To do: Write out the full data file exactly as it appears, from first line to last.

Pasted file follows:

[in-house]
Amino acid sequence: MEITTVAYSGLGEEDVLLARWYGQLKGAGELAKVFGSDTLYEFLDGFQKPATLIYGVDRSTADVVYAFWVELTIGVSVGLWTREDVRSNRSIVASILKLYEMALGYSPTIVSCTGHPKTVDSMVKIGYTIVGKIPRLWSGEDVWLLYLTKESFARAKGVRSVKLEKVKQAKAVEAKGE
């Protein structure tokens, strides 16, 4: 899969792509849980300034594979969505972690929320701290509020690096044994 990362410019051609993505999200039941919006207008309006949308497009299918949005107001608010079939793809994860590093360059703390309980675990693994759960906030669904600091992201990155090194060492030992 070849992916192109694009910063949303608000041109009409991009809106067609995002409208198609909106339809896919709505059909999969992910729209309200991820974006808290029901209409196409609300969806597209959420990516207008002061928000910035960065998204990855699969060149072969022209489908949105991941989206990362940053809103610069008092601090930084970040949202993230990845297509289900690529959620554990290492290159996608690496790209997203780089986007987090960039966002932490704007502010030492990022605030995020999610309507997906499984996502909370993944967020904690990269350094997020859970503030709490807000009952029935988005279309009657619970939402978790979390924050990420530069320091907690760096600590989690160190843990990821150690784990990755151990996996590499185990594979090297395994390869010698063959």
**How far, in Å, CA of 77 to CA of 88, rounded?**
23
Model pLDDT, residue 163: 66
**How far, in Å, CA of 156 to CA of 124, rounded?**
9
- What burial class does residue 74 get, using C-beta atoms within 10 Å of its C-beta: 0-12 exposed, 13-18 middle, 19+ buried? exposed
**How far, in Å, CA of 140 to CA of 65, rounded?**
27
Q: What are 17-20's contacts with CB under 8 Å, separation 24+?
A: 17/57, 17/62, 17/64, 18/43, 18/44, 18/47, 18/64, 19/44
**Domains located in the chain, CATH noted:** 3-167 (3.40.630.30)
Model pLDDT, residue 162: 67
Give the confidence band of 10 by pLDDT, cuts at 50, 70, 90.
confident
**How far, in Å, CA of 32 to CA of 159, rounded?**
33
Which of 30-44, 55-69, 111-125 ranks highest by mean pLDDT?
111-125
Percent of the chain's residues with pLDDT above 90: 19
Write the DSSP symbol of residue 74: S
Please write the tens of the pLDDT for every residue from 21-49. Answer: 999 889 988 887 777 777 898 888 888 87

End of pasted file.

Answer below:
[in-house]
Amino acid sequence: MEITTVAYSGLGEEDVLLARWYGQLKGAGELAKVFGSDTLYEFLDGFQKPATLIYGVDRSTADVVYAFWVELTIGVSVGLWTREDVRSNRSIVASILKLYEMALGYSPTIVSCTGHPKTVDSMVKIGYTIVGKIPRLWSGEDVWLLYLTKESFARAKGVRSVKLEKVKQAKAVEAKGE
């Protein structure tokens, strides 16, 4: 899969792509849980300034594979969505972690929320701290509020690096044994 990362410019051609993505999200039941919006207008309006949308497009299918949005107001608010079939793809994860590093360059703390309980675990693994759960906030669904600091992201990155090194060492030992 070849992916192109694009910063949303608000041109009409991009809106067609995002409208198609909106339809896919709505059909999969992910729209309200991820974006808290029901209409196409609300969806597209959420990516207008002061928000910035960065998204990855699969060149072969022209489908949105991941989206990362940053809103610069008092601090930084970040949202993230990845297509289900690529959620554990290492290159996608690496790209997203780089986007987090960039966002932490704007502010030492990022605030995020999610309507997906499984996502909370993944967020904690990269350094997020859970503030709490807000009952029935988005279309009657619970939402978790979390924050990420530069320091907690760096600590989690160190843990990821150690784990990755151990996996590499185990594979090297395994390869010698063959």
**How far, in Å, CA of 77 to CA of 88, rounded?**
23
Model pLDDT, residue 163: 66
**How far, in Å, CA of 156 to CA of 124, rounded?**
9
- What burial class does residue 74 get, using C-beta atoms within 10 Å of its C-beta: 0-12 exposed, 13-18 middle, 19+ buried? exposed
**How far, in Å, CA of 140 to CA of 65, rounded?**
27
Q: What are 17-20's contacts with CB under 8 Å, separation 24+?
A: 17/57, 17/62, 17/64, 18/43, 18/44, 18/47, 18/64, 19/44
**Domains located in the chain, CATH noted:** 3-167 (3.40.630.30)
Model pLDDT, residue 162: 67
Give the confidence band of 10 by pLDDT, cuts at 50, 70, 90.
confident
**How far, in Å, CA of 32 to CA of 159, rounded?**
33
Which of 30-44, 55-69, 111-125 ranks highest by mean pLDDT?
111-125
Percent of the chain's residues with pLDDT above 90: 19
Write the DSSP symbol of residue 74: S
Please write the tens of the pLDDT for every residue from 21-49. Answer: 999 889 988 887 777 777 898 888 888 87